Eighteen years ago, a slender Brazilian wearing white gi tied off with a black belt introduced himself, his family and his sport to the world.
Not many people watched on Nov. 12, 1993, as Royce Gracie won three times in a matter of hours to capture the Ultimate Fighting Championship's first tournament, but those that did likely chose to do so again. Soon enough, Gracie was the most important name in martial arts and UFC was its hottest commodity.
Inside the cage, Gracie's success dictated that either you learned to fight on the floor, or you simply couldn't fight at all. That hasn't changed. Outside the cage, a growing audience was amazed by the way he could handle himself against brutes. With the advent of weight classes, at least that part of the experience happens to be a relic.
The sport's original, brutal form helped popularize and demonize the UFC. Just four years into it, David "Tank" Abbott, perceived at the time to be the organization's roughest customer, was featured on a smash network sitcom. The fights. The money. The violence. The budding pop culture relevance. All of it led to a place of attention, scrutiny and misunderstanding. Mixed martial arts soon fell on hard times. Sitcom writers stopped adding cameos for cage fighters. And as a fan, you were considered fortunate to own a big-dish satellite. Without one, good luck finding a television broadcast to watch.
Living in a small corner of Brazil, Junior dos Santos was 9 years old when Gracie first schooled tough guys in the art of tapping out. Who could have imagined that two decades later, he'd win the UFC heavyweight title with 60 million of his countrymen watching back home, and many millions more tuning in around the globe to watch him dethrone Cain Velasquez.
But that's exactly what happened Saturday when a voting-aged UFC hit the mainstream.
For as much as things have changed, and never was that displayed more prominently than Saturday's spectacle on Fox, there's an element to MMA that will remain true for as long as these fights are allowed to continue. The community that exists around MMA willingly operates with a small-time mindset. It’s based around insecurity, really. The notion that a 64-second knockout is somehow bad reeks of a mentality that for so long permeated thinking among this sport’s inner circles. It’s the kind of thought process that prompted workers to step in the Octagon and spray paint over bloodstains prior to the start of the network broadcast on Saturday. It’s this idea that while nothing will satisfy the detractors, every effort must be made to try. That the innumerable reasons so many people love the sport aren’t good enough for those who don’t yet. It’s in the unwanted residue of an apology that comes when a kid like Dustin Poirier feels as if needing a round and a half to finish Pablo Garza with a slick D’Arce choke -- something that only recently came into fighters’ collective conscious -- isn’t up to par.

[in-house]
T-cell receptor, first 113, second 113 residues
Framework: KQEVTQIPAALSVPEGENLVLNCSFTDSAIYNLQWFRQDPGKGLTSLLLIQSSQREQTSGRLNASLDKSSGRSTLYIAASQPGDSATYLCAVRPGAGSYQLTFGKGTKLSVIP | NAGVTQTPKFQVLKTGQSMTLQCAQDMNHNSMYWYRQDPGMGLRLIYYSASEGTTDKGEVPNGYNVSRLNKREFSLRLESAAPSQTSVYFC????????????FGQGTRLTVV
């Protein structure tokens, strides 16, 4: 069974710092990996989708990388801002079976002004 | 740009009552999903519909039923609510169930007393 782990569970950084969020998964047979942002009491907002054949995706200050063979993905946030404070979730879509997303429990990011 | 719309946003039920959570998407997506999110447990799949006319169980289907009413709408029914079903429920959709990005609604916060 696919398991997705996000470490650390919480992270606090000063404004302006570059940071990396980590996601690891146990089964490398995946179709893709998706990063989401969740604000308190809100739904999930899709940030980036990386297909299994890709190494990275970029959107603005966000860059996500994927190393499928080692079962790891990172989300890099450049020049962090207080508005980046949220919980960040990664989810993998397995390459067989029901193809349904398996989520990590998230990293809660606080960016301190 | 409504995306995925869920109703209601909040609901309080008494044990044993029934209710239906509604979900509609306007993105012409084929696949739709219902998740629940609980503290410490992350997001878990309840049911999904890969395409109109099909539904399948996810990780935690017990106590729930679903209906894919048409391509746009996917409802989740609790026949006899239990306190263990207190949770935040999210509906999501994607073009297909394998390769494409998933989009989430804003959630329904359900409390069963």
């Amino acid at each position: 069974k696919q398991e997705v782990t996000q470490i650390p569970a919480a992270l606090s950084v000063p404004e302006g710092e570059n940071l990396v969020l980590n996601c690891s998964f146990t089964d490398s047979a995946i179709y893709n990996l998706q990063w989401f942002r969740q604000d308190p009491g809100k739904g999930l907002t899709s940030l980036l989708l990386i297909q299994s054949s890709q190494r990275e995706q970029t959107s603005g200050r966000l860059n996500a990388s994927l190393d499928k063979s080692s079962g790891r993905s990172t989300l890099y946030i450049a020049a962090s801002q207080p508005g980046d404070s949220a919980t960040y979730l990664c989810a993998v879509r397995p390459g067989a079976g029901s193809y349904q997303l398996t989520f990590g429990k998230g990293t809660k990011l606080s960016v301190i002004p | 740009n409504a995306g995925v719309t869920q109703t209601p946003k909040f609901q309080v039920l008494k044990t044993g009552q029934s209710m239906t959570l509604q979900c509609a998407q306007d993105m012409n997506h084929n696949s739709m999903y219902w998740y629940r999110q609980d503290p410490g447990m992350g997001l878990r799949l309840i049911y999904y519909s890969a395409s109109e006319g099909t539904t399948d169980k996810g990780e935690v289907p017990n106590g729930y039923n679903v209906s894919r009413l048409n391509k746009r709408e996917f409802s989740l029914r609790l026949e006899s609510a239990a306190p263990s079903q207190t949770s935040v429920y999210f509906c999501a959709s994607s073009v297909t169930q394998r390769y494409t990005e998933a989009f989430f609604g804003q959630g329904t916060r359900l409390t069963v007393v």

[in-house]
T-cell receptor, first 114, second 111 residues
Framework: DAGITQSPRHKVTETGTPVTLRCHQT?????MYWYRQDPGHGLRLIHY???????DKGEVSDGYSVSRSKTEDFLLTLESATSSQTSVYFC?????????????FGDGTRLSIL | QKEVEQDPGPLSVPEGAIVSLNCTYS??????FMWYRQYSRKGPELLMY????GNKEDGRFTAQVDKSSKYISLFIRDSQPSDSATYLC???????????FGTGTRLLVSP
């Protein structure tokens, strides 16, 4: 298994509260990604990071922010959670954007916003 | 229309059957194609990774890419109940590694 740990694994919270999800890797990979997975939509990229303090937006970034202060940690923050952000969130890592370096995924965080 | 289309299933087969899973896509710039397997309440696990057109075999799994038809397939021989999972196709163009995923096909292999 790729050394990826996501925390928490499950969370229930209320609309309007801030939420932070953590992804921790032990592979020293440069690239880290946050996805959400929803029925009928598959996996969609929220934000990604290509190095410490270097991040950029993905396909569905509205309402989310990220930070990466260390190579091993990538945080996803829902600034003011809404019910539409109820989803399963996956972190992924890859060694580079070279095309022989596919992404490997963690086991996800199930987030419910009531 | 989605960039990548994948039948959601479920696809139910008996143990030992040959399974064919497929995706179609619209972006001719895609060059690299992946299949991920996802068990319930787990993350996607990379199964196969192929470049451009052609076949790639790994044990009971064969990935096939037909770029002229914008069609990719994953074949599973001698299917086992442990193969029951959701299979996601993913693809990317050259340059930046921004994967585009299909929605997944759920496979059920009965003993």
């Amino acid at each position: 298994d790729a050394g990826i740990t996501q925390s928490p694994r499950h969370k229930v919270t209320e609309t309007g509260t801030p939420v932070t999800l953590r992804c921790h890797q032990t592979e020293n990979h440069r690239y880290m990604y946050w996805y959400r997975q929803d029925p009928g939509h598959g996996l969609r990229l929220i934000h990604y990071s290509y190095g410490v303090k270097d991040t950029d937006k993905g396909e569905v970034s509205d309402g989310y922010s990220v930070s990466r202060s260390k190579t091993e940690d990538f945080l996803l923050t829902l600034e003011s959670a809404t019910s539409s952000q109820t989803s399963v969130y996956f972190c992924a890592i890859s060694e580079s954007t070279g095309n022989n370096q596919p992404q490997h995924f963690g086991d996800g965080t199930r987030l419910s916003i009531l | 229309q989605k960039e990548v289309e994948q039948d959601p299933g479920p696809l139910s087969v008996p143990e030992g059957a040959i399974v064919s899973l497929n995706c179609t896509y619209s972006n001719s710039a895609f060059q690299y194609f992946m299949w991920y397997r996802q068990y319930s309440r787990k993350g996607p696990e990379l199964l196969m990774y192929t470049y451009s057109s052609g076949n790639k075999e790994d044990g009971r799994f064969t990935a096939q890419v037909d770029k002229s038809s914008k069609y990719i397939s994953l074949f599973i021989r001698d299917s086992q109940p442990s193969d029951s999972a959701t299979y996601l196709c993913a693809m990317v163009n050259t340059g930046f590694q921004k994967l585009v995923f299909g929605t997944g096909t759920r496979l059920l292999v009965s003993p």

Forget for a moment about pleasing others, about tweaking and cajoling to make something that needs neither more “fan friendly.” MMA arrived on this stage 18 years after its birth for one reason. The product is appealing. To a large segment of people, it’s hard not to watch after they’ve been exposed.
That’s great, worthy of embracing. Instead, people find themselves crazed and questioning whether or not a 64-second knockout during a bout featuring two extremely talented, young heavyweights is bad for the sport. Bad for the sport! You know what’s bad for the sport? Acting as if MMA is something it’s not. Acting like airing only one fight on network television is somehow a travesty. The hurdles and traps and moats that slowed MMA from meeting its widest possible audience, they don’t matter anymore. Truth be told, they haven’t mattered for a long time. They stopped nothing. It’s been this way for nearly 20 years.
I mention all of this because for perspective sake, they’re worth remembering.
It’s fun recounting the lean years of the cable television ban. Even better, the disastrous -- so it was labeled at the time -- return to TV when pay-per-view ran long and Tito Ortiz’s bout at UFC 33 against Vladimir Matyushenko was cut off about halfway through.
Through the ups and downs, there was one constant: pressing forward. That is the direction this sport has headed, even in the darkest of times. Why? Because it engendered passion and emotion. MMA is the definition of an outsider, probably always will be, even as it’s allowed to touch mainstream for the first time.
The question Gracie and his family set out to answer in 1993 -- Which style is most effective for winning fights? -- helped spur a revolution in combat sports. That's how dos Santos, who never wrestled a day in his life before trying his hand at mixed martial arts, can stand his ground against a collegiate All-American like Velasquez. Gracie didn't do it like that, but his impact influenced MMA to move from a game of attrition to one of adaptation, and, finally, acceptance.
The latter stage happens to be where the sport exists today. There is an increasing acceptance about MMA. It’s covered by major media outlets and compared to other blue chip sports. It’s here to stay, even if people remain confused about what it is and why it’s reached this measure of popularity. Either they’ll come around or they won’t. Regardless, it’s time to accept MMA for the grown-up sport it is. These things can happen fast, you know. In this case, right before our eyes.
Mixed martial arts.
Take it or leave it.